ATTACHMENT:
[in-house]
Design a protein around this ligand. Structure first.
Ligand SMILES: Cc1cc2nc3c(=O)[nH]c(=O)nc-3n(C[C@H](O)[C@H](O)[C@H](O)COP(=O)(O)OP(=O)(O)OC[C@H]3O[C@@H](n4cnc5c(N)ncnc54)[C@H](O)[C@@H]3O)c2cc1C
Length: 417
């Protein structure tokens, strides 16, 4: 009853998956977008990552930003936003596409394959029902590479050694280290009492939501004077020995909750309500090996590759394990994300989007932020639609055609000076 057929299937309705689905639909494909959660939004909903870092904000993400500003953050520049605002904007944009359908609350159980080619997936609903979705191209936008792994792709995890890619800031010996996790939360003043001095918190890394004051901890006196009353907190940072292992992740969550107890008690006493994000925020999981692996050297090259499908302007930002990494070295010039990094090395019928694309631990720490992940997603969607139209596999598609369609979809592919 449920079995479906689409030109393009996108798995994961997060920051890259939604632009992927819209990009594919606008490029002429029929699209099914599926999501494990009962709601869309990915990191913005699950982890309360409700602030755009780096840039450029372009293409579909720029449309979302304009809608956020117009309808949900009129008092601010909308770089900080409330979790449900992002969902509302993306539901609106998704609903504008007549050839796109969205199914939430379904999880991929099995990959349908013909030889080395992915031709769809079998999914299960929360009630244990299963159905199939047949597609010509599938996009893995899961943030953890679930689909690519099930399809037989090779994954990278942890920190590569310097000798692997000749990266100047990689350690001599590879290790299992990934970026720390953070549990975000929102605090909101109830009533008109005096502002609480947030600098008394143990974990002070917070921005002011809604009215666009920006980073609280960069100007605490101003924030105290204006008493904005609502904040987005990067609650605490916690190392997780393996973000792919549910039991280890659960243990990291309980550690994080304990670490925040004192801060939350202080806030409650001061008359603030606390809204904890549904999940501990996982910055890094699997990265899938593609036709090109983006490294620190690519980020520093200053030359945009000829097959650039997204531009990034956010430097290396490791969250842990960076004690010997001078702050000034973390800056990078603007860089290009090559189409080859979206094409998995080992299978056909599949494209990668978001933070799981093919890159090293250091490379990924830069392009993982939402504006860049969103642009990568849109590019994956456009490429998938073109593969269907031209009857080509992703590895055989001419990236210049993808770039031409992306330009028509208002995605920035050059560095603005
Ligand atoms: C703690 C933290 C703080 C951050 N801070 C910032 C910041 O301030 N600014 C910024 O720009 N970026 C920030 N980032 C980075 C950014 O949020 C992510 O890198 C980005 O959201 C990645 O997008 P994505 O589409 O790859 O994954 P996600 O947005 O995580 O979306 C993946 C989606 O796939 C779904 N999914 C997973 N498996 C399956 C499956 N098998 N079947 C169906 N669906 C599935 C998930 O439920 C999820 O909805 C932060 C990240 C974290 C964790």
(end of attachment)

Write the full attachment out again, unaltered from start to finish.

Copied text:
[in-house]
Design a protein around this ligand. Structure first.
Ligand SMILES: Cc1cc2nc3c(=O)[nH]c(=O)nc-3n(C[C@H](O)[C@H](O)[C@H](O)COP(=O)(O)OP(=O)(O)OC[C@H]3O[C@@H](n4cnc5c(N)ncnc54)[C@H](O)[C@@H]3O)c2cc1C
Length: 417
């Protein structure tokens, strides 16, 4: 009853998956977008990552930003936003596409394959029902590479050694280290009492939501004077020995909750309500090996590759394990994300989007932020639609055609000076 057929299937309705689905639909494909959660939004909903870092904000993400500003953050520049605002904007944009359908609350159980080619997936609903979705191209936008792994792709995890890619800031010996996790939360003043001095918190890394004051901890006196009353907190940072292992992740969550107890008690006493994000925020999981692996050297090259499908302007930002990494070295010039990094090395019928694309631990720490992940997603969607139209596999598609369609979809592919 449920079995479906689409030109393009996108798995994961997060920051890259939604632009992927819209990009594919606008490029002429029929699209099914599926999501494990009962709601869309990915990191913005699950982890309360409700602030755009780096840039450029372009293409579909720029449309979302304009809608956020117009309808949900009129008092601010909308770089900080409330979790449900992002969902509302993306539901609106998704609903504008007549050839796109969205199914939430379904999880991929099995990959349908013909030889080395992915031709769809079998999914299960929360009630244990299963159905199939047949597609010509599938996009893995899961943030953890679930689909690519099930399809037989090779994954990278942890920190590569310097000798692997000749990266100047990689350690001599590879290790299992990934970026720390953070549990975000929102605090909101109830009533008109005096502002609480947030600098008394143990974990002070917070921005002011809604009215666009920006980073609280960069100007605490101003924030105290204006008493904005609502904040987005990067609650605490916690190392997780393996973000792919549910039991280890659960243990990291309980550690994080304990670490925040004192801060939350202080806030409650001061008359603030606390809204904890549904999940501990996982910055890094699997990265899938593609036709090109983006490294620190690519980020520093200053030359945009000829097959650039997204531009990034956010430097290396490791969250842990960076004690010997001078702050000034973390800056990078603007860089290009090559189409080859979206094409998995080992299978056909599949494209990668978001933070799981093919890159090293250091490379990924830069392009993982939402504006860049969103642009990568849109590019994956456009490429998938073109593969269907031209009857080509992703590895055989001419990236210049993808770039031409992306330009028509208002995605920035050059560095603005
Ligand atoms: C703690 C933290 C703080 C951050 N801070 C910032 C910041 O301030 N600014 C910024 O720009 N970026 C920030 N980032 C980075 C950014 O949020 C992510 O890198 C980005 O959201 C990645 O997008 P994505 O589409 O790859 O994954 P996600 O947005 O995580 O979306 C993946 C989606 O796939 C779904 N999914 C997973 N498996 C399956 C499956 N098998 N079947 C169906 N669906 C599935 C998930 O439920 C999820 O909805 C932060 C990240 C974290 C964790």